If you’re an avid camper, one thing you need to learn is how to start bear-proofing your campsite. This includes the tent, bedding, clothing, food, vehicle…basically, anything and everything related to a camping trip. The bears you meet up with in the woods “bear” no resemblance to friendly characters like Yogi Bear or Smokey the Bear. They won’t hesitate to attack if you are between them and a food source.
For camping and bear safety, the most important thing to know is how to keep your campsite from being a bear-magnet. We’ve got some basic tips to share that will help you do this. It’s also helpful to know what attracts bears and what to do if you encounter one. Bear deterrent camping practices will help you and your fellow campers enjoy the beauty of nature without worrying about your safety or your supplies.
Table of Contents
- What Attracts Bears?
- How to Choose Your Campsite
- How to Keep Bears Away from Your Campsite
- Bears Have an Acute Sense of Smell
- What to Do if You Encounter a Bear
- Bear-Proof for a Relaxing Camping Experience
What Attracts Bears?
Although bear attacks on humans are very rare, they are more frequent than in the past. This is because their natural habitat has shrunk as new construction has encroached on forested areas. This has led to the loss of feeding ground as well as habitats. The main reason bears seek out your campsite is because they are hungry. During hibernation, bears go without food for six to seven months. When they wake up, they’re ready to make up for lost time!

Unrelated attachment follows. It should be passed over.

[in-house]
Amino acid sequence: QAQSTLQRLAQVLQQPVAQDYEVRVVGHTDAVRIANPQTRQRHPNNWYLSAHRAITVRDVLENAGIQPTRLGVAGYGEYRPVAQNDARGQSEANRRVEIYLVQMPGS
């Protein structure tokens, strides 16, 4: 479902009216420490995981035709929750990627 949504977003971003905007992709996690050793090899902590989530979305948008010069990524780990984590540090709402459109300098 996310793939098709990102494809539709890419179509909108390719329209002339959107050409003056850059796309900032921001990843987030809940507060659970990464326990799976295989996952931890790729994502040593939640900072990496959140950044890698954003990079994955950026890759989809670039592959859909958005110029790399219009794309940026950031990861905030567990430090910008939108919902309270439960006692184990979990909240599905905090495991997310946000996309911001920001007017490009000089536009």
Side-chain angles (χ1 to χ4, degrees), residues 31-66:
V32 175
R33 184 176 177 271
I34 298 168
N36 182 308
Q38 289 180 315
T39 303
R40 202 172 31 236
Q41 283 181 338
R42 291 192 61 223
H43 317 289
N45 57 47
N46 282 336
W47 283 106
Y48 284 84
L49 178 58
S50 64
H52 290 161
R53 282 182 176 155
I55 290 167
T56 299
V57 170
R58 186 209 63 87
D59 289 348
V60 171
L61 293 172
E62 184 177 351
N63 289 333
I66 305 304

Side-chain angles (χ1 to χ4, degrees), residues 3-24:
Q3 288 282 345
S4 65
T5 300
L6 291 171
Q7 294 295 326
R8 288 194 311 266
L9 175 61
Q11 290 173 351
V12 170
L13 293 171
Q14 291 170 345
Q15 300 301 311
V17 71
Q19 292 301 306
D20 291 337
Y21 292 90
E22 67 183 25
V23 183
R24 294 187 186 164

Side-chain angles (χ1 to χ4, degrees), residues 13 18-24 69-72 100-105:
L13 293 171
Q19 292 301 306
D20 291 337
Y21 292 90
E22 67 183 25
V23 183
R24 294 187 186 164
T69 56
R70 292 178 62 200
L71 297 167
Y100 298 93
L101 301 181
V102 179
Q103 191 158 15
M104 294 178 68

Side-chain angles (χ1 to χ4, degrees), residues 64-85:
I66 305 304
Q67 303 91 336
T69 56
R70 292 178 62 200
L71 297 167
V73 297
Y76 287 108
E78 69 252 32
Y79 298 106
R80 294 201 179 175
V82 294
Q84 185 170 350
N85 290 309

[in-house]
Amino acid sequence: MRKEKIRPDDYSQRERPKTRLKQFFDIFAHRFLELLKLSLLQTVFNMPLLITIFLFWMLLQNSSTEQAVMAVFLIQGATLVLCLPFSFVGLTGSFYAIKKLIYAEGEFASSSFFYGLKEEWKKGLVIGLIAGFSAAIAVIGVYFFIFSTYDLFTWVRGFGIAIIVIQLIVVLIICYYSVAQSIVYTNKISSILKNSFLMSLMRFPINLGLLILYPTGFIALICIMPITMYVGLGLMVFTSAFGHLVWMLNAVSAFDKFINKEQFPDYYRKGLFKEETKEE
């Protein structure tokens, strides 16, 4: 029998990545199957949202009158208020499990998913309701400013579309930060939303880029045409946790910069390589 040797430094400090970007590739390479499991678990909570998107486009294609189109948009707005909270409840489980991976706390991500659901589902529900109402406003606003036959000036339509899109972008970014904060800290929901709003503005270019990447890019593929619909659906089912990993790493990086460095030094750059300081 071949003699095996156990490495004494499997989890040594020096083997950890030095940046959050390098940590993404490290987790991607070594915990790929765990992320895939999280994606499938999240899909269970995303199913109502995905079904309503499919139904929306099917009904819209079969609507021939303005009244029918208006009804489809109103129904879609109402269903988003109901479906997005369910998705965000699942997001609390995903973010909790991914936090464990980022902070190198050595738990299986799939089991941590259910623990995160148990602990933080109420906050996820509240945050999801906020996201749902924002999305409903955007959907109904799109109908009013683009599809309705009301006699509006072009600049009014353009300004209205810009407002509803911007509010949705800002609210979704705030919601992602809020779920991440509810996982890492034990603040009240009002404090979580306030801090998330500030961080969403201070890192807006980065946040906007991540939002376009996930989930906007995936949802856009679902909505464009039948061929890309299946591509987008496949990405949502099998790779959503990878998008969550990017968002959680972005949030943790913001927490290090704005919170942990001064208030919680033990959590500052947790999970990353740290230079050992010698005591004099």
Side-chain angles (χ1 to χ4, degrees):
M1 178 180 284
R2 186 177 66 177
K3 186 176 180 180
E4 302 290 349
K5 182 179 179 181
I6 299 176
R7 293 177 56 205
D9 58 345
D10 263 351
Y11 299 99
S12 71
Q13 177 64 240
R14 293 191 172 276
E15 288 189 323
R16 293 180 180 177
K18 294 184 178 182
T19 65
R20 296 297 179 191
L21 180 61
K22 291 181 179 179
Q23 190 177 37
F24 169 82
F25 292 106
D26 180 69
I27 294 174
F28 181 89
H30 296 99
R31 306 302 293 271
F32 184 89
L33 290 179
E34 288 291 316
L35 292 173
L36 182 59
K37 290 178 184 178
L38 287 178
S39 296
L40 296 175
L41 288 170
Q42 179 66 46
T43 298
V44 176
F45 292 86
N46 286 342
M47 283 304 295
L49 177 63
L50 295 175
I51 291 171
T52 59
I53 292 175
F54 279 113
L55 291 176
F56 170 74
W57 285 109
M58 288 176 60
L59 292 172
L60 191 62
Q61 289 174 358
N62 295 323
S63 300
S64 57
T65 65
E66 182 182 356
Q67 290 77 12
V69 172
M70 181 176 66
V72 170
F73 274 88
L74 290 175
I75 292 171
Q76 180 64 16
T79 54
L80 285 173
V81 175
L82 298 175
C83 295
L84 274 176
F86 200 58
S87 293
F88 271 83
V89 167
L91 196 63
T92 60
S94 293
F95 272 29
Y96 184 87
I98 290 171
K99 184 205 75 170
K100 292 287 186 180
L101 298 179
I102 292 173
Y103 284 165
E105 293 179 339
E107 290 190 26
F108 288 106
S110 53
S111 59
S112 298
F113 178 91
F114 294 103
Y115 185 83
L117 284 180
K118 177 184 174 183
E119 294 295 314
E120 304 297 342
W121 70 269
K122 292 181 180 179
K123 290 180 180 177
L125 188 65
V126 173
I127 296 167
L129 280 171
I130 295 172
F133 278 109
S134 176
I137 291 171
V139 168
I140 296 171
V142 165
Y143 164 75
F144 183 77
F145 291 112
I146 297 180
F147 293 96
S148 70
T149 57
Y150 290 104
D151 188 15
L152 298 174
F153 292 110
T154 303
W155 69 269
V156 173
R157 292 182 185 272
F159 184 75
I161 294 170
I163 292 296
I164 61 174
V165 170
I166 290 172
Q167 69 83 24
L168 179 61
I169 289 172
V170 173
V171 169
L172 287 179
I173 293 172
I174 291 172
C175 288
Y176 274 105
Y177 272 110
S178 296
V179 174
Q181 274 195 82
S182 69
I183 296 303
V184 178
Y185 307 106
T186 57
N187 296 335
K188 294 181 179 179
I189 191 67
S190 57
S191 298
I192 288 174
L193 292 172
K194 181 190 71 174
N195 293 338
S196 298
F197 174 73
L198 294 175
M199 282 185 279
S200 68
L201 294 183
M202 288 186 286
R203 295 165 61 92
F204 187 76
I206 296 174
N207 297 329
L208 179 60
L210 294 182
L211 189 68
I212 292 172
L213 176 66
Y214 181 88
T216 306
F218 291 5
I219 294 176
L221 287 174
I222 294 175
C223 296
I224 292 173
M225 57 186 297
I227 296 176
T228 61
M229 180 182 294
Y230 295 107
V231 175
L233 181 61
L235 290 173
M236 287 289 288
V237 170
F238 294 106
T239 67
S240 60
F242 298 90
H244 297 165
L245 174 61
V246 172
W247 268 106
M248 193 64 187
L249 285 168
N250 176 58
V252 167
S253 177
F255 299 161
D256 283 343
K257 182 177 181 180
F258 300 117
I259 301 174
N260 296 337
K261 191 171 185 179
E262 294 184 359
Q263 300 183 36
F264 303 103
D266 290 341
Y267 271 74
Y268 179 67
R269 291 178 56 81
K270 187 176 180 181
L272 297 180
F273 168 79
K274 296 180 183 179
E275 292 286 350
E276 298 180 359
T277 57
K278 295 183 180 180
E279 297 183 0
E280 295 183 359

Unfortunately, bears can also become habituated to humans because of the many well-used hiking trails that cut through their woods. And campsites that see a lot of traffic each year are bound to have a few careless campers who end up leaving food for bears to forage. Once a bear has found food at a particular site, it won’t forget. Bears are intelligent animals and creatures of habit.
How to Choose Your Campsite
The first step in bear-proofing is choosing a campsite that’s unattractive to bears. Check out the area for any sign of bears, such as torn-apart logs, claw marks on trees or bear droppings. If you see trampled bushes, that could also mean a bear has been in the area recently. While you’re scouting for signs of bears, look for nut-bearing trees or berry patches that might attract the furry behemoths.
Next, set up your campsite in a “bear-muda triangle” with the sleeping, food storage, and cooking/eating areas at each point of the triangle. Make sure the wind is blowing away from the sleeping site and toward the food-related corners of the triangle, keeping least 100 yards between the three sites. This is the best way to prevent waking up to find a bear at your tent.
Bears avoid open areas and prefer heavily wooded spots and thickets. Find a spot with sparse vegetation and few trees to set up your camp, and this will decrease the likelihood of an unpleasant encounter. And though it may seem picturesque to camp beside a stream, that’s another no-no. Bears and other animals will come to the stream to drink and catch fish, and you don’t want to be there when they do.
How to Keep Bears Away from Your Campsite